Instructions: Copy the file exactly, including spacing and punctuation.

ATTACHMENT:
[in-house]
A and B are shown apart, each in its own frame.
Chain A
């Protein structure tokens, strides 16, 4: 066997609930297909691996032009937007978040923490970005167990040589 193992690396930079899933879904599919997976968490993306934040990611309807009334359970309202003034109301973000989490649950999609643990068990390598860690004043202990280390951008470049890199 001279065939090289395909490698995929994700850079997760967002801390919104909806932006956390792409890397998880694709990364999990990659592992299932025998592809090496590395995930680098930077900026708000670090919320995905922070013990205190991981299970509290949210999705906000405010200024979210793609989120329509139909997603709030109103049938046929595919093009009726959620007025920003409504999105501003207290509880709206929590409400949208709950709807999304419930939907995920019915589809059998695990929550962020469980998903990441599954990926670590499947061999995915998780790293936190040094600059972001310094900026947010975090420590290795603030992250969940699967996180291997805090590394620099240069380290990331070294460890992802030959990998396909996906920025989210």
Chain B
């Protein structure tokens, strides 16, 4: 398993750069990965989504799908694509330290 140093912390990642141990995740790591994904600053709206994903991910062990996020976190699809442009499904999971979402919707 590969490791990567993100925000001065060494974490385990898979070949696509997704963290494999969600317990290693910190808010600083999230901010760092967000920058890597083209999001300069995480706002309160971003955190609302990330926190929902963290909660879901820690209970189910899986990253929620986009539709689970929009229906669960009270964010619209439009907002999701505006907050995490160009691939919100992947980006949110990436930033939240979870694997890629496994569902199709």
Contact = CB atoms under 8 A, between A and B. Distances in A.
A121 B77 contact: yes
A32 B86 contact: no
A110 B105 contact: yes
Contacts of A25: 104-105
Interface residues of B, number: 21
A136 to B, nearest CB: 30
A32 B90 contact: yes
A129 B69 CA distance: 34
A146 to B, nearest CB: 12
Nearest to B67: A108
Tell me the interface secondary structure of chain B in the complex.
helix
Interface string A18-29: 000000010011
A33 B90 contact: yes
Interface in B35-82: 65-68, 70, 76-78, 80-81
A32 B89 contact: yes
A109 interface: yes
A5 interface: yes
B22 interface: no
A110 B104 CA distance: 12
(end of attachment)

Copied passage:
[in-house]
A and B are shown apart, each in its own frame.
Chain A
């Protein structure tokens, strides 16, 4: 066997609930297909691996032009937007978040923490970005167990040589 193992690396930079899933879904599919997976968490993306934040990611309807009334359970309202003034109301973000989490649950999609643990068990390598860690004043202990280390951008470049890199 001279065939090289395909490698995929994700850079997760967002801390919104909806932006956390792409890397998880694709990364999990990659592992299932025998592809090496590395995930680098930077900026708000670090919320995905922070013990205190991981299970509290949210999705906000405010200024979210793609989120329509139909997603709030109103049938046929595919093009009726959620007025920003409504999105501003207290509880709206929590409400949208709950709807999304419930939907995920019915589809059998695990929550962020469980998903990441599954990926670590499947061999995915998780790293936190040094600059972001310094900026947010975090420590290795603030992250969940699967996180291997805090590394620099240069380290990331070294460890992802030959990998396909996906920025989210």
Chain B
């Protein structure tokens, strides 16, 4: 398993750069990965989504799908694509330290 140093912390990642141990995740790591994904600053709206994903991910062990996020976190699809442009499904999971979402919707 590969490791990567993100925000001065060494974490385990898979070949696509997704963290494999969600317990290693910190808010600083999230901010760092967000920058890597083209999001300069995480706002309160971003955190609302990330926190929902963290909660879901820690209970189910899986990253929620986009539709689970929009229906669960009270964010619209439009907002999701505006907050995490160009691939919100992947980006949110990436930033939240979870694997890629496994569902199709």
Contact = CB atoms under 8 A, between A and B. Distances in A.
A121 B77 contact: yes
A32 B86 contact: no
A110 B105 contact: yes
Contacts of A25: 104-105
Interface residues of B, number: 21
A136 to B, nearest CB: 30
A32 B90 contact: yes
A129 B69 CA distance: 34
A146 to B, nearest CB: 12
Nearest to B67: A108
Tell me the interface secondary structure of chain B in the complex.
helix
Interface string A18-29: 000000010011
A33 B90 contact: yes
Interface in B35-82: 65-68, 70, 76-78, 80-81
A32 B89 contact: yes
A109 interface: yes
A5 interface: yes
B22 interface: no
A110 B104 CA distance: 12